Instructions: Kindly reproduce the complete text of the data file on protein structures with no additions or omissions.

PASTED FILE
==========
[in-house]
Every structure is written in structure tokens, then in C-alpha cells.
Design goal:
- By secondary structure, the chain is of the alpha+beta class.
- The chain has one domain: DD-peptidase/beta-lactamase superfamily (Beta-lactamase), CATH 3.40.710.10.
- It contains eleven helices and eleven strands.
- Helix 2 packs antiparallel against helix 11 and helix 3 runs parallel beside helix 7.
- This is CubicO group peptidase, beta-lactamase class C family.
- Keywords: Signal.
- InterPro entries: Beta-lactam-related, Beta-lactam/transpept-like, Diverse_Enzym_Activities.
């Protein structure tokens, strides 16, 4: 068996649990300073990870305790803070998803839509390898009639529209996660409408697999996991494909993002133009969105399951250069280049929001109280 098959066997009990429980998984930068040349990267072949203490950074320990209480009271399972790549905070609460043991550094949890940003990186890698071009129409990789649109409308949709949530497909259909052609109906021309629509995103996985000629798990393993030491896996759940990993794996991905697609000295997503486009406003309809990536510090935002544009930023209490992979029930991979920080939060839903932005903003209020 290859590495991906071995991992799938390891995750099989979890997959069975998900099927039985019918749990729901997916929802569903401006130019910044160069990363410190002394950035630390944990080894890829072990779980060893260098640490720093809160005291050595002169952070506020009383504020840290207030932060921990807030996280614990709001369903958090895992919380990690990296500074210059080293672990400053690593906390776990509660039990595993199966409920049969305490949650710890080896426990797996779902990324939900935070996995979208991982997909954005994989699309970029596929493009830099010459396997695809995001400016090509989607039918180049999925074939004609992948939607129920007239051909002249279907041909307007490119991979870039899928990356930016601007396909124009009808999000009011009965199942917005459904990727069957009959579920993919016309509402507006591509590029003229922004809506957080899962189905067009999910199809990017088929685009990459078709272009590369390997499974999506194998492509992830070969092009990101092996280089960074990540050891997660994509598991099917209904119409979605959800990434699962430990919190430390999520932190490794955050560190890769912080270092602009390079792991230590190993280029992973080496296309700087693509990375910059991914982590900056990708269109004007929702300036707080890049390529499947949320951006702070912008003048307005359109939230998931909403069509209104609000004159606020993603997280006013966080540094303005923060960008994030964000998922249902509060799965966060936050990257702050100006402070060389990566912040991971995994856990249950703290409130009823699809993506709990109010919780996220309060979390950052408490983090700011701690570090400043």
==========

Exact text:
[in-house]
Every structure is written in structure tokens, then in C-alpha cells.
Design goal:
- By secondary structure, the chain is of the alpha+beta class.
- The chain has one domain: DD-peptidase/beta-lactamase superfamily (Beta-lactamase), CATH 3.40.710.10.
- It contains eleven helices and eleven strands.
- Helix 2 packs antiparallel against helix 11 and helix 3 runs parallel beside helix 7.
- This is CubicO group peptidase, beta-lactamase class C family.
- Keywords: Signal.
- InterPro entries: Beta-lactam-related, Beta-lactam/transpept-like, Diverse_Enzym_Activities.
């Protein structure tokens, strides 16, 4: 068996649990300073990870305790803070998803839509390898009639529209996660409408697999996991494909993002133009969105399951250069280049929001109280 098959066997009990429980998984930068040349990267072949203490950074320990209480009271399972790549905070609460043991550094949890940003990186890698071009129409990789649109409308949709949530497909259909052609109906021309629509995103996985000629798990393993030491896996759940990993794996991905697609000295997503486009406003309809990536510090935002544009930023209490992979029930991979920080939060839903932005903003209020 290859590495991906071995991992799938390891995750099989979890997959069975998900099927039985019918749990729901997916929802569903401006130019910044160069990363410190002394950035630390944990080894890829072990779980060893260098640490720093809160005291050595002169952070506020009383504020840290207030932060921990807030996280614990709001369903958090895992919380990690990296500074210059080293672990400053690593906390776990509660039990595993199966409920049969305490949650710890080896426990797996779902990324939900935070996995979208991982997909954005994989699309970029596929493009830099010459396997695809995001400016090509989607039918180049999925074939004609992948939607129920007239051909002249279907041909307007490119991979870039899928990356930016601007396909124009009808999000009011009965199942917005459904990727069957009959579920993919016309509402507006591509590029003229922004809506957080899962189905067009999910199809990017088929685009990459078709272009590369390997499974999506194998492509992830070969092009990101092996280089960074990540050891997660994509598991099917209904119409979605959800990434699962430990919190430390999520932190490794955050560190890769912080270092602009390079792991230590190993280029992973080496296309700087693509990375910059991914982590900056990708269109004007929702300036707080890049390529499947949320951006702070912008003048307005359109939230998931909403069509209104609000004159606020993603997280006013966080540094303005923060960008994030964000998922249902509060799965966060936050990257702050100006402070060389990566912040991971995994856990249950703290409130009823699809993506709990109010919780996220309060979390950052408490983090700011701690570090400043």